Page 30 - Packaging News Magazine Mar-Apr 2021
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TRACK & TRACE | | March-April 2021
 Scanning the traceability horizon
 The past decade has seen the rapid development of multiple technologies that make track and trace accessible for all manufacturers. A multi-layered approach offers the best way forward, writes Phil Biggs.
barrier has been eliminated in many categories, with tags now as low as 3c to 4c each. All major smartphone makers also allow NFC tag reading nowadays, which wasn’t possible a few years ago. NFC tags can be encoded with a unique and locked identifier, making them very suit- able for track and trace. Application of the tags is generally best suited to being a layer in a self-adhesive label. RFID and NFC technologies also allow relatively simple aggregation of codes on each packaging level, making for simpler supply chain traceability tracking from pallet level to product level.
An emerging new technology embraces the inherent variability in the printing of normal retail bar- codes to create a unique identifier on consumer goods. Incredibly, a normal smartphone camera can identify these print variations in every printed barcode. The captured image taken of each barcode, at speeds up to 600 labels per minute on a production line, is converted into a unique alphanumeric string, and stored in the cloud. No additive technology is used, just the existing retail barcode. A smartphone, with the correct app, is then able to scan the barcode and confirm traceability and authenticity of the product. The technology is not able to be repli- cated by counterfeiters and is simple to deploy on any production line, or label conversion process.
Finally, what we are seeing is a multi-layered approach to traceabil- ity and anti-counterfeiting. No single technology is the silver bullet, and so the use of more than one technology is becoming the gold standard. ■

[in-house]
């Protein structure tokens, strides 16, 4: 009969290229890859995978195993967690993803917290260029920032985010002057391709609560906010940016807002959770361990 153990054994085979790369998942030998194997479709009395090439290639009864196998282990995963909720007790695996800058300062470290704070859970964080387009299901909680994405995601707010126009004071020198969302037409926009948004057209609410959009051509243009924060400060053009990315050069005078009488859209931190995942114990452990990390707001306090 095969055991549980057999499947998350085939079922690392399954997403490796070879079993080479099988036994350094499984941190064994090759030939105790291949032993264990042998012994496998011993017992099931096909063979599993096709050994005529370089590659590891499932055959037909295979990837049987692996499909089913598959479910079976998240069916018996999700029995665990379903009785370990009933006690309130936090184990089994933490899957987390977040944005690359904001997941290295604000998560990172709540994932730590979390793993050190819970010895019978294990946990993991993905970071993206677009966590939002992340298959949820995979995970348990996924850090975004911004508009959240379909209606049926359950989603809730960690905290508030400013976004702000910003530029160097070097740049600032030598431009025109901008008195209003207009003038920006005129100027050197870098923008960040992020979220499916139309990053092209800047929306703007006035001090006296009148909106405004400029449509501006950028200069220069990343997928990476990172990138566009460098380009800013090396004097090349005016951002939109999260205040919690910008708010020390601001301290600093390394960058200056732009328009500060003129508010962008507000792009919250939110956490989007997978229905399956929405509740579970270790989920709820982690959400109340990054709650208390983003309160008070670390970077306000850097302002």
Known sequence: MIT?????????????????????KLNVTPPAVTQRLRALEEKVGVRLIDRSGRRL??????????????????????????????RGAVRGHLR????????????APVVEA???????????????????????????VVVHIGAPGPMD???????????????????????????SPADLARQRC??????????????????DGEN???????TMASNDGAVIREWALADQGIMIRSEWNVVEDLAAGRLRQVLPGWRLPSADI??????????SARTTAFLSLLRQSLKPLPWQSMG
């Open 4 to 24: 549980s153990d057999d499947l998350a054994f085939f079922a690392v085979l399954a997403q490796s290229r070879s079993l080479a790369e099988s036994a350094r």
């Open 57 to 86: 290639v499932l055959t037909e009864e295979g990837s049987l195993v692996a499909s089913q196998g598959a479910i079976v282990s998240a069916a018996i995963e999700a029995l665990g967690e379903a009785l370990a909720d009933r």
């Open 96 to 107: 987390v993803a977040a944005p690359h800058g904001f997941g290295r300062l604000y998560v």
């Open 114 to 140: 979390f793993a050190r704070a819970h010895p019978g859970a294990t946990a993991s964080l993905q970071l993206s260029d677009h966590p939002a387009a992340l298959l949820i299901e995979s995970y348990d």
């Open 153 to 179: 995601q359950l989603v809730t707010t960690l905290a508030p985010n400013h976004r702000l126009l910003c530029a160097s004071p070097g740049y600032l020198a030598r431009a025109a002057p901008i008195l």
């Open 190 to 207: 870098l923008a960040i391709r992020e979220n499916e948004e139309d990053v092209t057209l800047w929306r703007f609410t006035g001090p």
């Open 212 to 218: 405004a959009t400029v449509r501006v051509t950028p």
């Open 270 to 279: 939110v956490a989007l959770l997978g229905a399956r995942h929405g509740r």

Phil Biggs has 20 years’ experience in the product traceability industry. He’s a director at factory automation specialist, Foodmach, which is an Australian partner of global product traceability leader,
BACK in early 2010, at the dawn of the iPhone, PKN published an article calling on the Australian food, dairy and bev- erage industry to implement smartphone-based product traceability solutions.
In the wake of the Chinese milk melamine substation racket at the time, and as a means to differentiate against imported generic branded products, it proffered a way for local manufactures to improve profits by ensuring quality, trust and prove- nance for customers.
When I wrote that article, the tech- nology options were limited to 2D bar- codes. It’s been pleasing to see the rapid development of multiple technologies that now make track and trace very accessible for all manufacturers. At Foodmach, we’ve recently been involved with the implementation of three types of product traceability tech- nologies, which has given us the oppor- tunity to review the merits of each.
A unique QR (uQR) code needs to be digitally printed, either off-line during the label printing process, or online, using laser, thermal or inkjet printing. Laser coders have been successfully deployed in many infant milk formula uQR applications, though not else- where. Thermal printing of 2D bar- codes in real time, embedding variable event information, is probably the most exciting development in recent times to advance traceability, though this technology format isn’t generally acces- sible to consumers. Unique QR codes are able to be replicated by counterfeit- ers, though not easily when good num- ber generation algorithms are used. There is some potential though for uQRs of supply chain diverted prod- ucts to be read and replicated, creating counterfeits with ‘authentic’ uQRs.
RFID and NFC technology has been held back by tag costs, though this
ABOVE: A smartphone, with the correct app, can scan the barcode and confirm traceability and authenticity of the product.

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